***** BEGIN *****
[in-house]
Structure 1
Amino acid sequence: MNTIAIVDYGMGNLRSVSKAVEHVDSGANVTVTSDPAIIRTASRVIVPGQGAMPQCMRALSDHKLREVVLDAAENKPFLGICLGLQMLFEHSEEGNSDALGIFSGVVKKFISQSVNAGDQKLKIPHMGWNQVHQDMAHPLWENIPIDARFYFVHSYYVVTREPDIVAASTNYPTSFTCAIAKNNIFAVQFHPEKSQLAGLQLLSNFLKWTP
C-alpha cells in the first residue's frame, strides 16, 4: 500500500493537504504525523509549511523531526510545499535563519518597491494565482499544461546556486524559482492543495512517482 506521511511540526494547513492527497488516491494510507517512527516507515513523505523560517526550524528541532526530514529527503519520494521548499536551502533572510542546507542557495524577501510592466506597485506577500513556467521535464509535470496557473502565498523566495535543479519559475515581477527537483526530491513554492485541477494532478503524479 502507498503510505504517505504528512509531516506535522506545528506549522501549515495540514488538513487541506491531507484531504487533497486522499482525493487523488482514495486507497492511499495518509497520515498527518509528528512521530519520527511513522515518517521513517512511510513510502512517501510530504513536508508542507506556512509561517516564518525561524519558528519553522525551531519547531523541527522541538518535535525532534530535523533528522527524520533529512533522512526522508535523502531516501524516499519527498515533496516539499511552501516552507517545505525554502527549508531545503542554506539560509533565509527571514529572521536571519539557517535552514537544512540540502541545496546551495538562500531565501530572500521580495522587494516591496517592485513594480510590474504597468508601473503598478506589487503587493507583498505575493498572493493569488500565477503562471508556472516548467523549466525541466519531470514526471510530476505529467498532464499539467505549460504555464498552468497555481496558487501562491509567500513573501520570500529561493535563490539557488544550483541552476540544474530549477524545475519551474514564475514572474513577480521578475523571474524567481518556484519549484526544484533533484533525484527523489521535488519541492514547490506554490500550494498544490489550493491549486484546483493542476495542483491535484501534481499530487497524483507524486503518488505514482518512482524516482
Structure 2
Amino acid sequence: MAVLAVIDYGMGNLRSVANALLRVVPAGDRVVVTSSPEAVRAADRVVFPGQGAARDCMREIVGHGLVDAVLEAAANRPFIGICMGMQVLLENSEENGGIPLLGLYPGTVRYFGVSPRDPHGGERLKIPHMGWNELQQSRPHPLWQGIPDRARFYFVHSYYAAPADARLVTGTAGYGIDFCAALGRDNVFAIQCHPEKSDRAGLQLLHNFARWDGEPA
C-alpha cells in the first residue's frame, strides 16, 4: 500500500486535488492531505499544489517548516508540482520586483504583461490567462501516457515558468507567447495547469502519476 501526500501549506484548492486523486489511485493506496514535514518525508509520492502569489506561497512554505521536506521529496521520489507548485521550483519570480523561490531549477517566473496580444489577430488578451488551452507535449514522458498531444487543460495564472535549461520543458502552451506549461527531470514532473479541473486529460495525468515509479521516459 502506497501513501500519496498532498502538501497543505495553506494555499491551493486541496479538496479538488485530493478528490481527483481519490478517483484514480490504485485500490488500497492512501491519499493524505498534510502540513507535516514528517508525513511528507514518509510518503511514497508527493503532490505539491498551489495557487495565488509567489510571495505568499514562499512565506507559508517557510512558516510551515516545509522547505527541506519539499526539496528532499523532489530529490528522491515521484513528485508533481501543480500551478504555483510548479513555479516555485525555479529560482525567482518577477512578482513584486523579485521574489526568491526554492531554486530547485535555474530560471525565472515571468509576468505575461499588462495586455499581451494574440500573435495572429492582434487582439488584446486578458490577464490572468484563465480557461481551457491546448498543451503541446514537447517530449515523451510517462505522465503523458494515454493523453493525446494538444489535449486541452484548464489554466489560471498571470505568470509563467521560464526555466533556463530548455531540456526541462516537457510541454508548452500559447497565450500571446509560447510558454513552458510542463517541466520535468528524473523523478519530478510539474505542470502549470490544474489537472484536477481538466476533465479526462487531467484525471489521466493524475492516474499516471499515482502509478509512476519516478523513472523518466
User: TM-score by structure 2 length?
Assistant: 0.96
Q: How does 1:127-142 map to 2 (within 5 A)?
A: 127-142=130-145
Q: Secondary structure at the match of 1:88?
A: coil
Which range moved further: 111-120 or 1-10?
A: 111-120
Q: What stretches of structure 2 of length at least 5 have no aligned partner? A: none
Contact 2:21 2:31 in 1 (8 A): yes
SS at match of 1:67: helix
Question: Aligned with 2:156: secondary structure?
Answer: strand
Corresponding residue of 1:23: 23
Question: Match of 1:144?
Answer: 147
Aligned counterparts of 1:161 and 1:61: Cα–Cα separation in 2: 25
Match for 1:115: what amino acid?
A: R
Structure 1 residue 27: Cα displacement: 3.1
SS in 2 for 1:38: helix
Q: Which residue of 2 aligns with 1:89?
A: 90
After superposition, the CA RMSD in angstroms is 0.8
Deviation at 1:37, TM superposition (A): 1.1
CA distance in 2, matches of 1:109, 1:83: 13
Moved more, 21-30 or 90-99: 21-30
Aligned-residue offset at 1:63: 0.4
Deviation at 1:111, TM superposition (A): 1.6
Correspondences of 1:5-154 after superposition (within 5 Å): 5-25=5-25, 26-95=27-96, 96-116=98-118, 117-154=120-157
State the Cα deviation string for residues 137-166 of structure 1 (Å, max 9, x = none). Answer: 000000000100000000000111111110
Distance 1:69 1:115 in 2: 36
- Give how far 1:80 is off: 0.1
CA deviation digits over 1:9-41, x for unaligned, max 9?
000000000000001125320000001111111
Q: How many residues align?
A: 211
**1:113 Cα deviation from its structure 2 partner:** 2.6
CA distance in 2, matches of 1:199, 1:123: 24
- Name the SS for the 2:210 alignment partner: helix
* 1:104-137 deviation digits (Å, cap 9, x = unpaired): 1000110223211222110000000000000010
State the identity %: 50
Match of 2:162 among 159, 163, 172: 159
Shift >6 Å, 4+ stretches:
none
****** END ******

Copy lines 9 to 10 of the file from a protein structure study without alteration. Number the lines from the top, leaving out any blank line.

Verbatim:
Assistant: 0.96
Q: How does 1:127-142 map to 2 (within 5 A)?